Last Saturday was a busy day for Irish sports fans. Aside from the usual Premier League games to keep an eye on, the draw for the group stages of Euro 2016 cast a long shadow over the day.
If it felt as though we were waiting a long time for that draw to start in the early evening, it was a longer wait still for those brave (or foolhardy?) souls who stayed the course a further 12 hours to watch one of the most talked about Irish sporting events of the year – Conor McGregor vs Jose Aldo in UFC 194.
A cursory glance at social media showed just how many Irish fans had made the trip to Las Vegas to witness the bout in person. An apparently even larger contingent had decamped to ‘Sin City’ for McGregor’s previous fight in July.
The exponential growth in popularity of the new UFC featherweight champion has been incredible to witness, transforming as he has from a marginal attraction to the biggest selling name in Irish sport in just over two years.
McGregor is a new breed of Irish sportsman. Whereas before, we were a nation of humble, quiet athletes, McGregor craves all the attention he can get and carries himself with an enormous amount of arrogance and belief. He does not just think he is the best, he lets it be known very vocally. He is arrogant enough to call his shots but talented enough to back this up by landing them.
This attitude, this swagger and cockiness is one which has been copied by many of his adoring fans, who also have tailored their appearance to also mimic their hero: beards, tattoos, brightly coloured suits and sunglasses indoors. They still sing and chant as much as any Irish crowd ever did, but now it is mixed with insults against McGregor’s opponents.
It is not enough that their man should taunt his victim in the build up, the fans want to play their part too. They can do this because they believe that their man will back it all up by winning. McGregor’s new breed of sportsman has born out a new breed of Irish fans.
Many of the (mostly) young groups of Irish fans who travelled to Vegas for the fight, and more still at home who are equally in thrall to McGregor, will now be feverishly applying for tickets to follow the ‘Boys in Green’ to France in the summer of next year.
But how will this new breed of fan deal with the culture shock of supporting the Irish football team as opposed to McGregor? They are going from cheering along a swaggering confident champion to getting behind a team of men who will be likely underdogs in every game they play at the Euros.
Following Irish football tends to batter the arrogance out of a fan. The footballing history of Ireland reads mostly as a sporting tragedy, certainly not one that allows its fans to ever develop a swagger.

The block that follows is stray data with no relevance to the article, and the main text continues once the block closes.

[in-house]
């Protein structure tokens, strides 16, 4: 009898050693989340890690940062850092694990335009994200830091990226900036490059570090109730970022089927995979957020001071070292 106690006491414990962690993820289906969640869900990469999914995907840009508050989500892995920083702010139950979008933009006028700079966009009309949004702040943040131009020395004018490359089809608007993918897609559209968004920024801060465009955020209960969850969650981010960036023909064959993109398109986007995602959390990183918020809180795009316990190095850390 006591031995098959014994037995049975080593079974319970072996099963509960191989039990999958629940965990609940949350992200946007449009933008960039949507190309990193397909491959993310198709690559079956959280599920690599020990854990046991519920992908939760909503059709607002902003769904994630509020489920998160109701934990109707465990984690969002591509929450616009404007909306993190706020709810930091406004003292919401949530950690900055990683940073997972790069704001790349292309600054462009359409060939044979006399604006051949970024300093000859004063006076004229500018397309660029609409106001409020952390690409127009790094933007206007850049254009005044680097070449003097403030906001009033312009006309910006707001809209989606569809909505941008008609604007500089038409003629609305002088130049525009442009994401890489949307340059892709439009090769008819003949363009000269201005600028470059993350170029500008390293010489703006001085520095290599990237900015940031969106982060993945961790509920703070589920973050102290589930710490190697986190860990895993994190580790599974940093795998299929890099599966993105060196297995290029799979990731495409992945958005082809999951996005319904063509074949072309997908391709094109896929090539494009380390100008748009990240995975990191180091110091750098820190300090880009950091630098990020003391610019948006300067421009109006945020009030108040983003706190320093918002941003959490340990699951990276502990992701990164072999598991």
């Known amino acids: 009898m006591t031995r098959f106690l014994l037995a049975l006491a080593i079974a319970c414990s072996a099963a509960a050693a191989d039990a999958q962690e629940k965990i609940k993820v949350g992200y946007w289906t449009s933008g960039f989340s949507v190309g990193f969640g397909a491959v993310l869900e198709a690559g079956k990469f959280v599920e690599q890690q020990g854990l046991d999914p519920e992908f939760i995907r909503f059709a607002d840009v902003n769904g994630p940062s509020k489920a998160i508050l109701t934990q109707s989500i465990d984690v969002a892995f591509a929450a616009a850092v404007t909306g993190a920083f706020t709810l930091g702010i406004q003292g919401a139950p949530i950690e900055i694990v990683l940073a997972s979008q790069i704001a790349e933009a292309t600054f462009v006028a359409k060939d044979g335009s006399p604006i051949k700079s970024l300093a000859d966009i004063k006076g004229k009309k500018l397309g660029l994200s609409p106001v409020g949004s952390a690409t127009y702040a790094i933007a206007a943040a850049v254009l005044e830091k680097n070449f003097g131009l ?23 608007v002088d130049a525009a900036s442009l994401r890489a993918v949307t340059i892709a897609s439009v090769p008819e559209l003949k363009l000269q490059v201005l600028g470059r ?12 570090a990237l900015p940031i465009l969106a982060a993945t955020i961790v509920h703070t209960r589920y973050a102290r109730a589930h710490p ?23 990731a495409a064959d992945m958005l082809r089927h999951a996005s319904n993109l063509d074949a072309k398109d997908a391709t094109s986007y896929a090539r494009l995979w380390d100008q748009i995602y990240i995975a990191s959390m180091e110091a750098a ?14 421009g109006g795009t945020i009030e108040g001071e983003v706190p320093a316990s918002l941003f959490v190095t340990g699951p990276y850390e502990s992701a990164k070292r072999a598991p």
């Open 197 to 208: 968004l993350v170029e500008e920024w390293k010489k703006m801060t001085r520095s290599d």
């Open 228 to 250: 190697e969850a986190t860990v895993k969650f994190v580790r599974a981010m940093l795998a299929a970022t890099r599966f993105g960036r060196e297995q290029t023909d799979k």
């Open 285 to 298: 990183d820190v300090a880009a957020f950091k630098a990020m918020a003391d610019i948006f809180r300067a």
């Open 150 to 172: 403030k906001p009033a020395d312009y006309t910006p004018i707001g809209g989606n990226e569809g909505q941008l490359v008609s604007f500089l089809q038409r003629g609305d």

As much as it is the team’s duty, and definite aim, to progress as far as they can in the European Championships having qualified, for Ireland at major championships, to flip a famous McGregorism, it will always be about taking part rather than taking over.
That will be a bumpy return to Earth for those Irish who have become attached to McGregor, a man who has conquered every obstacle he has met in his sport with assured ease. There will be little or nothing either assured or easy about Ireland’s journey next summer.
Speaking in the wake of the draw on Saturday, Martin O’Neill admitted that Ireland’s group of Belgium, Italy and Sweden could scarcely have been tougher. He lamented the fact that Italy had been a Pot 2 team, claiming that it was, in effect, akin to having two Pot 1 teams but that regardless, it was time to begin preparing for what would be three very exciting games.
Can you imagine what McGregor’s reaction would have been to that draw? He would have called Zlatan an old gorilla and said that he was young, hungry and here to kill Zlatan and take everything he owned.
He would have looked at Italy with their history and tradition and told them that their time was up and that it was his time now. For Belgium and all their vibrant attackers, he would have had instructed them to wake up, that it was already over.
Maybe it is the constant down-trodden nature of Irish sporting fans that caused them to accept McGregor so whole-heartedly. Perhaps, having become accustomed to glorious failure and moral victories, they figured out that they like the taste of actual glory and victory far more.
Whatever the reason, McGregor’s bona fide superstar status means that his fan-base is only set to grow. Quite what that means for Irish fans at the Euros is unclear as yet.
While it is possible that this new-found Irish sporting confidence will be transferred to the football team – Shane Long may grow out his beard and Jon Walters may start to wear bolder suits – it is far more likely that a strange new duality will exist for those McGregor fans who will also support Ireland next summer.
By night – or 5am in the morning – they can swagger and preen along with their UFC champion and by day, they can be as nervous and worried as the rest of us watching Ireland go into battle in Group E.